As a project manager, your skills, talents and qualifications are essential to overall success. You might have the best team imaginable in place, but if you’re not up to the task, your project can still fail. While getting your PM certification from a respected company like PMI can be a very good start, that’s not all you’ll need to do. Here are some very important tips for anyone hoping to become a better project manager.
Driven by the Need to Know
As a project manager, you need to know why things are happening. You need to stay on top of everything. In order to do that, you need to be driven by the need to know. Without that drive, you might just accept everything at face value, and that’s a bad position to be in as a PM. You must “need” to drill down into the whys and wherefores of a situation, not merely be content that “it happened”. Be curious. Be driven to know.
Be Cautious in Assumptions
Assumptions are terrible things, but we’re all guilty of them. However, as a project manager, you really can’t afford to make too many assumptions. Be cautious when assuming. In fact, making an assumption should really be your final recourse when there’s nothing else possible. Your decisions should be based on hard data and relevant facts.
Boost Your Team’s Morale
Without a positive, happy team, you can’t succeed no matter how skilled or educated you might be. As the PM, it’s your responsibility to not only keep your team moving forward, but to keep morale high. You can do that pretty easily, but you’ll have to be aware of the need and take proactive steps to ensure that it happens. Just a little praise here and there among your team members can make a huge difference. Recognize contributions and effort, be willing to offer a pat on the back and appreciate the efforts that your team is putting in on the project. With high morale, your team stands a better chance of surviving the project as a cohesive whole.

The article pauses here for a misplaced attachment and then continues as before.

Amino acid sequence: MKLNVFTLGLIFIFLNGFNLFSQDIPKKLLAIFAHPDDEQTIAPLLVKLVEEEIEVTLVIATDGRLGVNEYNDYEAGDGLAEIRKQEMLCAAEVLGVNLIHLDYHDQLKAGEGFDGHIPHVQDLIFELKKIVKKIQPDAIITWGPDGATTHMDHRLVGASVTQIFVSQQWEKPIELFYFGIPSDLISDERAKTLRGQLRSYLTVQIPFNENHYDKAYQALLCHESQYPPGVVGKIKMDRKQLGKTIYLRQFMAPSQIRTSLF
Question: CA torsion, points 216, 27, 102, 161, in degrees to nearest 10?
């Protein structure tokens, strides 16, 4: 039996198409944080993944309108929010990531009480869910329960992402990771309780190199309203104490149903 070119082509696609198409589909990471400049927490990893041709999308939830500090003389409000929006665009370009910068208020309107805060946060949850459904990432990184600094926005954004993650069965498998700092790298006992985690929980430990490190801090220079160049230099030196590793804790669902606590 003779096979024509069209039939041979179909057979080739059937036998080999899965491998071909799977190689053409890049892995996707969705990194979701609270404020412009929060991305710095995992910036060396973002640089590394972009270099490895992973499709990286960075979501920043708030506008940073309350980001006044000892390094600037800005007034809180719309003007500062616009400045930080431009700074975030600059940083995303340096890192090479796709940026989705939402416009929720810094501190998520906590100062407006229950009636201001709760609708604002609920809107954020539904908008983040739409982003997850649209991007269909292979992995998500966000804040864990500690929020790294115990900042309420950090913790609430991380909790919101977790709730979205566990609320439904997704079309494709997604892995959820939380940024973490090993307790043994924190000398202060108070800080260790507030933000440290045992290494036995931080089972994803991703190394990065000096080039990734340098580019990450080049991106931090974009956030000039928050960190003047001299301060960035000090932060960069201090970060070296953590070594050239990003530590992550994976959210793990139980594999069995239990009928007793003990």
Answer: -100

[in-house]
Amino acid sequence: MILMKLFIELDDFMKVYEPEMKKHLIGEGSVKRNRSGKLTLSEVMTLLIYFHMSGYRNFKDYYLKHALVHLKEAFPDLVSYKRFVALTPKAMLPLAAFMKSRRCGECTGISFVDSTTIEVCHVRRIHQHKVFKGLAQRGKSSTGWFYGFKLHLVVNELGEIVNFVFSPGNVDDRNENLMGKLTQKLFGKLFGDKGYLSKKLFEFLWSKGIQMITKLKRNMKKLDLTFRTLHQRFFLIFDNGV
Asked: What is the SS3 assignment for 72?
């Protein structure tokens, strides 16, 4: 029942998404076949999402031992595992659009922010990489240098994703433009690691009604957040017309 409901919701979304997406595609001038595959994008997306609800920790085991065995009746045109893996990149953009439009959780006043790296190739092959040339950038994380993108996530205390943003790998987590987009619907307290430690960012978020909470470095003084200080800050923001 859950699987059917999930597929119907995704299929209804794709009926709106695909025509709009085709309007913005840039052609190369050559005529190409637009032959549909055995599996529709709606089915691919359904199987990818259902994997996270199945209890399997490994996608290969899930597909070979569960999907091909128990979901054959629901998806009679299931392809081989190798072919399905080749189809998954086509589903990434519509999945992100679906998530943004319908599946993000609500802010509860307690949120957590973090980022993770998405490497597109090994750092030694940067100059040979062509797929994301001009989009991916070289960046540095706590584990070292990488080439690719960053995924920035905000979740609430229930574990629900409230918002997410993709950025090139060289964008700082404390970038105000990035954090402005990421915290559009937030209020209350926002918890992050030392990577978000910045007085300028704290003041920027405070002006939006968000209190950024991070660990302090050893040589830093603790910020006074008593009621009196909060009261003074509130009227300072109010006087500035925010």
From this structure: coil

Lead, Lead, Lead
Never forget that you’re the project manager. You’re the leader here. If you don’t lead, your team cannot follow. What does that actually mean, though? Simply put, you cannot afford to get bogged down in the minutia of project tasks that should be delegated to your team members. While there’s nothing wrong with pulling your own weight on a project, if your team comes to see you as just another coworker, your leadership will be compromised. That doesn’t mean you need to be unreachable, but you do need to maintain that sense of leadership and some separateness.
This is a pretty commonsense tip, but it bears mentioning. If you’re not particularly good at communicating with others, you’re setting yourself up for failure. Take a communications class, figure out where your efforts are breaking down and become a better communicator with everyone, including team members, stakeholders and managers.
Becoming a better project manager is simpler than you might think.